The Miracle of Pope Francis

The clash of visions harks back to that between Adam Smith and Thomas Malthus.

By William McGurn

June 22, 2015 7:02 p.m. ET

Pope Francis.   Pope Francis. Photo: Associated Press

You might call it his first miracle. Pope Francis has succeeded in getting the New York Times NYT 0.98 % to do what perhaps no pope has done before: hail a papal teaching as “authoritative.”

For decades the Times has warred with popes over moral issues such as marriage or the value of unborn life. But when it comes to science and climate change, the paper that likes to regard itself as the paper of record is now on record as recognizing the authority of a papal encyclical.

True, the Times did modify its praise with the adverb “unexpectedly.” And in fairness, it was Pope Francis who crossed the Tiber to embrace the Times’s orthodoxy here rather than the other way around. But such is the glee at having a papal imprimatur on the notion of man-made climate change leading the planet to catastrophe, those busy applauding are willing to overlook the pope’s critique of an environmentalism that protects endangered species but not the unborn child.

Then again, perhaps that’s because they recognize he has embraced their logic if not their conclusion.

For if resources are truly finite, and if man is driving climate change, then each additional human being means a smaller slice of the pie for everyone else—and a larger carbon contribution that brings us closer to environmental Armageddon. The point is, it’s not the logic the greens have wrong; it’s their assumptions.

Which brings up a striking characteristic of this document: its bleakness. Only months ago, Pope Francis warned members of the Vatican Curia against being too dour. His earlier apostolic exhortation was called “The Gospel of Joy.” But for a document whose title is taken from a St. Francis of Assisi hymn celebrating God’s creation, “Laudato Si’ ” (“Be praised”) is steeped in pessimism. “Doomsday predictions can no longer be met with irony or disdain,” the pope writes.

Other popes have issued bracing critiques of modern Western culture. Pope Francis, however, goes deeper. This encyclical is less a corrective to the excesses of science and technology and markets than it is an argument that they are fatally flawed.

In an online article for the religious journal First Things, editor R.R. Reno describes the encyclical as a “dark reflection on the systemic evils of modernity,” one that sees “perversion and decadence in a global system dominated by those who consume and destroy.” Pope Francis at one point declares business “a noble profession,” but you’d never know it from the rest of the document.

Indeed, the pope seems to embrace the idea that global capitalism exploits those in poor countries—even though investing in a factory or opening a business in the developing world is inherently an affirmation. It means a company recognizes that a place and its people have untapped potential: They have something to contribute to the global economy. The pope often denounces the “economy of exclusion,” and rightly so. But economic growth and the expansion of markets are inclusive.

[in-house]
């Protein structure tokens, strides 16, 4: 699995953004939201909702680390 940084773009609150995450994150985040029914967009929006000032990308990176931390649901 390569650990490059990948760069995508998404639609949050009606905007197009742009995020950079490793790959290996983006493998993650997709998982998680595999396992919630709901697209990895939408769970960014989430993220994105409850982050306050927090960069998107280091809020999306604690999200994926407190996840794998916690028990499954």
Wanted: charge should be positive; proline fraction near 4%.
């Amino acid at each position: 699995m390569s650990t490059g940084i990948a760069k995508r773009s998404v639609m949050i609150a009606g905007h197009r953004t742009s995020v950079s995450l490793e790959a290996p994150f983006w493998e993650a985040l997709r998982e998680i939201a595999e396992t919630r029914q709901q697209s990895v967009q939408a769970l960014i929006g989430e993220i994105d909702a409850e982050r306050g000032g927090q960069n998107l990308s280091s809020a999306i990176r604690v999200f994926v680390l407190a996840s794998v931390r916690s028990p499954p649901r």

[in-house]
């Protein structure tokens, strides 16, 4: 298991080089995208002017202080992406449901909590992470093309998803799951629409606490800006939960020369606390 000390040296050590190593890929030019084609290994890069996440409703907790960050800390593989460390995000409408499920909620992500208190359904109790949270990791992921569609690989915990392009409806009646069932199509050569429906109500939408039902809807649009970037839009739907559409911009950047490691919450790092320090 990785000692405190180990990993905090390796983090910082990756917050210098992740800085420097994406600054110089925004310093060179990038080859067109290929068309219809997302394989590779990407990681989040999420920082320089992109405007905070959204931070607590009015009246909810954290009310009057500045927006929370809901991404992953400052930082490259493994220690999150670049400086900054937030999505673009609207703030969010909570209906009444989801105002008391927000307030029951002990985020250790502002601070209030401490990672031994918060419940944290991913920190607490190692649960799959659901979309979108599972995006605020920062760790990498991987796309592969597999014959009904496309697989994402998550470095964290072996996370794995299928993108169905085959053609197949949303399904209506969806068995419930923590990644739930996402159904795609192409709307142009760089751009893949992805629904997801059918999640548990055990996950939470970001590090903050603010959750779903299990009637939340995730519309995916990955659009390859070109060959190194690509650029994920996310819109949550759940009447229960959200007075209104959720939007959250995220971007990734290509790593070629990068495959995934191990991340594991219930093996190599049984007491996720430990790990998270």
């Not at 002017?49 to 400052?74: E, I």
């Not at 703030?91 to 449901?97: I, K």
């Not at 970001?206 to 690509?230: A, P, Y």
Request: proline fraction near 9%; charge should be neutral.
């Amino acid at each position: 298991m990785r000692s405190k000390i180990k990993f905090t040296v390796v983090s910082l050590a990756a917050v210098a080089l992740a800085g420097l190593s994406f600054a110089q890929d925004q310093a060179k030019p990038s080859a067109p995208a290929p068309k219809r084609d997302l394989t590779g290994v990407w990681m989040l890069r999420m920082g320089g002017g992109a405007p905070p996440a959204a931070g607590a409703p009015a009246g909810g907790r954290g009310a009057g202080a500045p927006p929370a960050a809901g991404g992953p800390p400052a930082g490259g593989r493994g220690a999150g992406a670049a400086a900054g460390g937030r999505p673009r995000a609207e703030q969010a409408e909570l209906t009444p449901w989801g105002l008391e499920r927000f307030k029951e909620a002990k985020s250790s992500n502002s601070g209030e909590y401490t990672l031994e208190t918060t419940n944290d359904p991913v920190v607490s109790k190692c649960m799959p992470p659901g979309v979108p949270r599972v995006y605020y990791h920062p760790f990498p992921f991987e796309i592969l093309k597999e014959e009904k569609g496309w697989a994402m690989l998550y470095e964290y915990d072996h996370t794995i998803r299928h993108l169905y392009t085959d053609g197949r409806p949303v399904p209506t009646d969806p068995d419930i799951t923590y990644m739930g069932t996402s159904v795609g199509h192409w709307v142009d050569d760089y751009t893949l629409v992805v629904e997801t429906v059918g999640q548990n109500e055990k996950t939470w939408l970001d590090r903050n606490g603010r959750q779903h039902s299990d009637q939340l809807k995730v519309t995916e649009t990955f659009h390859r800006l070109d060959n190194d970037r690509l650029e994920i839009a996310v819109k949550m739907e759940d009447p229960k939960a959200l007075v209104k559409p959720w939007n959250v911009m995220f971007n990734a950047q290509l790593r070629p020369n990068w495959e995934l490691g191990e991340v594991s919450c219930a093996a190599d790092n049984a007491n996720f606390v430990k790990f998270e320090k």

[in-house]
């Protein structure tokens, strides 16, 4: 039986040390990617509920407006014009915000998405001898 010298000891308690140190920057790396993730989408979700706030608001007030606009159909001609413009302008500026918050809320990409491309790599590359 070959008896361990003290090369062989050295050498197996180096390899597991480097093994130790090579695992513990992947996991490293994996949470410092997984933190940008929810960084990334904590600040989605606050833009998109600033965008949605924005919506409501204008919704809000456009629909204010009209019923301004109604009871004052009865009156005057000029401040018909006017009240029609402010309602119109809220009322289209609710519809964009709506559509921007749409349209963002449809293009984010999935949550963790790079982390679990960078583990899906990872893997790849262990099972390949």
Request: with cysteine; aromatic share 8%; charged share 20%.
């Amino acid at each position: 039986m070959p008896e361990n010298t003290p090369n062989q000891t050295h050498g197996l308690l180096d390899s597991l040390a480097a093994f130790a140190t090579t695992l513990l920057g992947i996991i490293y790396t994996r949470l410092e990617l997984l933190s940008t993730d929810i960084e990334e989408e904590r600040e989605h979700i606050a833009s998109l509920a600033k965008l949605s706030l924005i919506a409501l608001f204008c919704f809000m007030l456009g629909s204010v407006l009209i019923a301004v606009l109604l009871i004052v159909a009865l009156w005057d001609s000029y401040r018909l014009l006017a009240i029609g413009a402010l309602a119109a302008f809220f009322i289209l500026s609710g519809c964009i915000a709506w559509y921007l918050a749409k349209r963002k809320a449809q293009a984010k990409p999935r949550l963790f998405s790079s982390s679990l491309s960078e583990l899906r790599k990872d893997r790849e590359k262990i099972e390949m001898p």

As for the environment, yes, there are plenty of examples when businesses befoul the environment and leave the costs to the community. But if profit is the problem, why is it that the cleanest water, the healthiest air and the greenest environments are in rich and developed lands rather than poor and undeveloped ones?

In some ways the conflict is not new. After all, it was a cleric, the Rev. Thomas Malthus, who gave his name to a zero-sum view of life that saw men and women breeding to their own destruction. In sharp contrast, the first economist, Adam Smith, wrote that to complain about population growth was to lament “over the necessary effect and cause of the greatest public prosperity.”

Nor is Smith alone. Gary Becker won the 1992 Nobel Prize in economics for his work on human capital. Julian Simon called people “the ultimate resource” in his 1981 book by that title. In the 1970s when predictions of a global apocalypse were also in vogue, Lord Peter Bauer of the London School of Economics countered Malthusian materialistic assumptions by highlighting the absurdity of the idea that when a calf is born the national wealth goes up, but when a baby is born it drops.

Put it this way. If you were a parent whose family was languishing in soul-crushing poverty in some desperate part of Africa, you’d hear two messages today:

The economist and entrepreneur will tell you that there is no nation so poor that its people cannot lift up themselves if they have the freedom to take advantage of modern technology and participate in the global marketplace. In the process, their neighbors will also be enriched and the environment improved.

Meanwhile, Pope Francis suggests that the impoverished in the developing world can never have better lives or a cleaner environment until the West imposes a much-reduced standard of living on itself.

Which offers the more hopeful and human way forward?

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